No matter how much you may love the holiday season — the seasonal hot drinks, the ice skating, the markets, and of course, the holiday itself — it does come with added stresses.

The stress of hosting events, of having to mingle with your coworkers, and of needing to find the perfect gift can be overwhelming. And then there is the lonely factor. For those without partners, every romantic christmas fairytale movie is a stab to the heart. It doesn’t matter how many parties you are invited to or how many people send you holiday cards — December and January can be lonely months with no one to kiss under the mistletoe. Finally, there is the cold weather. The constant grey skies and the fact that it gets dark by 5 p.m. can take it’s toil on the human body. 

So, what do you do when you start to get these feelings? Here are five options that may help:

Take time for yourself: No, this does not mean take time to shop for others or go out with friends. This is serious me time. Go get a manicure or a facial, get your hair done, go for a walk in the snow, or read a book with some hot cocoa. During this time, try not to think about what you still have left for you. Use these few hours to tune in with nature or escape into a good story. Only by taking time for yourself will you be able to manage the rest of the holiday season.

Slow down: Try not to get overwhelmed by that long list of holiday “to-dos”. Make a list, and take everything one day at a time. Try to split your weekend between “holiday days” and “me time”. If you spend your entire weekend shopping, baking, decorating, and going from event to event, come Monday you will be exhausted before you even get to work.

Tap into your feelings: Why do you feel lonely? What are your fears? What is really stressing you out? Sometimes, all of these feelings crash together, making it very difficult to resolve. Take a moment to tap into what you are feeling and determine their origins. Once you know what triggered your stress, you can either avoid it or you can learn to cope with it. Unfortunately, it’s not an easy process. If you need support, ask a friend or close family member to sit down with you and talk it out.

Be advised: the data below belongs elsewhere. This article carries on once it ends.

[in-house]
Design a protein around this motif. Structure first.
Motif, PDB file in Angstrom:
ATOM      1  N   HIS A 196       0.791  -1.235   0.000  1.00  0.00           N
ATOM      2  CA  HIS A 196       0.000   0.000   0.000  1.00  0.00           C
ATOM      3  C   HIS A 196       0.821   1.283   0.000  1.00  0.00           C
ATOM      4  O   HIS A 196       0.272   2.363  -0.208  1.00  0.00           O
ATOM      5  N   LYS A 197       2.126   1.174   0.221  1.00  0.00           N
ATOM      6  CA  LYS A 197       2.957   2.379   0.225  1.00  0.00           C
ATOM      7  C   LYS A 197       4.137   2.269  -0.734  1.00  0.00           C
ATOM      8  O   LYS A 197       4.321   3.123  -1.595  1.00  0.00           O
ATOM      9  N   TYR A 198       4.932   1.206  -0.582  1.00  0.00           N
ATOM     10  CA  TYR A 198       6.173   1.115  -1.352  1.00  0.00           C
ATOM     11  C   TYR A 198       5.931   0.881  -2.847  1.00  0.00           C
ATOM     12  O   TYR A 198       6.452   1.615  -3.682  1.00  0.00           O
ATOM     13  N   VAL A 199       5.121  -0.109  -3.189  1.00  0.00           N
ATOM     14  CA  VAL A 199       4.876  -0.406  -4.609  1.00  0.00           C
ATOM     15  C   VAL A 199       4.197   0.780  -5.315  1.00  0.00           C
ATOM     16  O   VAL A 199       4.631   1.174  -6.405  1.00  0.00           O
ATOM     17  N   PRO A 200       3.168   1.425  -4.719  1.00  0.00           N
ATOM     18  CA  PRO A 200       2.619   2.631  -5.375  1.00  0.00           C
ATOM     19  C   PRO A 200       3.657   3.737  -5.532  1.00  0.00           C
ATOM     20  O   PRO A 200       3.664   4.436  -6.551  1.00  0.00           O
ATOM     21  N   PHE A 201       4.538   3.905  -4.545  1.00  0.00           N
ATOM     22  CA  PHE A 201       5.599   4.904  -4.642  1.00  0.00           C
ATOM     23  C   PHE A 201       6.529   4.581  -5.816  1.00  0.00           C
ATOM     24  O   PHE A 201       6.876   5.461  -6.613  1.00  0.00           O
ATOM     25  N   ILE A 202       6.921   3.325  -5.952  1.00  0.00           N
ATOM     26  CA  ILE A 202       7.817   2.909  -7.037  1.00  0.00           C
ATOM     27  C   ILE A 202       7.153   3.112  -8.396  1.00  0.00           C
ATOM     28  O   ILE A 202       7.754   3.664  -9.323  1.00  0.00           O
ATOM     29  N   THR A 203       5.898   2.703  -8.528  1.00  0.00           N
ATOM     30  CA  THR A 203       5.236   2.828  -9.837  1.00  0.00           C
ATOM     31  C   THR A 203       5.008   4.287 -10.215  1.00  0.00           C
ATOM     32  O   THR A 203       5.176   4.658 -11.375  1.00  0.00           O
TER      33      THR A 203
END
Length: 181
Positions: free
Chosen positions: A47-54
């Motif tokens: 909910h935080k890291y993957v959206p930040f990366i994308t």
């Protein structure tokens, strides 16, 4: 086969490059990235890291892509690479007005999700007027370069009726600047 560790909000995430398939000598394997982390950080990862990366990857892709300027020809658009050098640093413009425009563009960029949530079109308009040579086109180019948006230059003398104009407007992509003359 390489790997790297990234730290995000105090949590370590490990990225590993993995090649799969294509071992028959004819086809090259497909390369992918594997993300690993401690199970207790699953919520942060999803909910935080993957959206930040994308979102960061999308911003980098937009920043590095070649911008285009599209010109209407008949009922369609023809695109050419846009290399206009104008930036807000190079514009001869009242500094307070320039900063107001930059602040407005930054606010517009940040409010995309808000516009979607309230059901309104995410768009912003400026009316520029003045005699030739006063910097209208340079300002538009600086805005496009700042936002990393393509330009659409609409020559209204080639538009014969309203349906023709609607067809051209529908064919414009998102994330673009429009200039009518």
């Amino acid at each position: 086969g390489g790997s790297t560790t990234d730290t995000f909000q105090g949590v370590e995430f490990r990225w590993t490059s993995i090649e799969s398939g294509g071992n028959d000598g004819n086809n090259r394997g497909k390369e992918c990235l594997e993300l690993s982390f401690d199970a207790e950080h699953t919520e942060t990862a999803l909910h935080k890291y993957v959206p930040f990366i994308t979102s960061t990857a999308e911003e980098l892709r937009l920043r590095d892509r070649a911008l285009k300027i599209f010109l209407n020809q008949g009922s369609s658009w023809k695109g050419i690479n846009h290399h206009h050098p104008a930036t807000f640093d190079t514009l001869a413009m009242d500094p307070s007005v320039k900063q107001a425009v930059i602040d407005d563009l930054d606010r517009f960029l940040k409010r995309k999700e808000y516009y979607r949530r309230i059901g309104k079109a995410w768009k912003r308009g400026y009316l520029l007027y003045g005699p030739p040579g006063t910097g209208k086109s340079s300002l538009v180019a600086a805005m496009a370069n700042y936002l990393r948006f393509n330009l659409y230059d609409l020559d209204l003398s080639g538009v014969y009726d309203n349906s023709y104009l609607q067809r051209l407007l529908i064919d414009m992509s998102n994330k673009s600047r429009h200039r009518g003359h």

Spend time with loved ones: While you may feel alone at your friend’s party, it’s still important to go. Staying at home, thinking about the feelings you are experiencing, can sometimes aggravate the situation. Pick and choose your moments to mingle. If you aren’t feeling like a full-blown holiday shindig, ask your friends to go get some brunch or see a movie. Do something low key. The important thing is to recognize that you have people in your lives who want to spend time with you — even if it is just one person!

Start something new: This is my personal favourite option. When I’m feeling down, I like to start a project. First of all, it gives my mind something to think about besides the problems plaguing me during the holidays and second of all, it feels really good to try something new. This can be something small like trying yoga or committing to a paint night every month. Choose something that you enjoy or that you’ve always wanted to try. Keep in mind this isn’t a New Year’s resolution. There is no need to choose anything to do with health, fitness, or any sort of physical or mental transformation. Just pick something that you will find fun!

What do you do to conquer the holiday blues?

Author

Katherine DeClerq is the editor of Women's Post. Her previous writing experience includes the Toronto Star, Maclean's Magazine, CTVNews, and BlogTO. She can often be found at a coffee shop with her MacBook computer. Despite what CP says, she is a fan of the Oxford comma.

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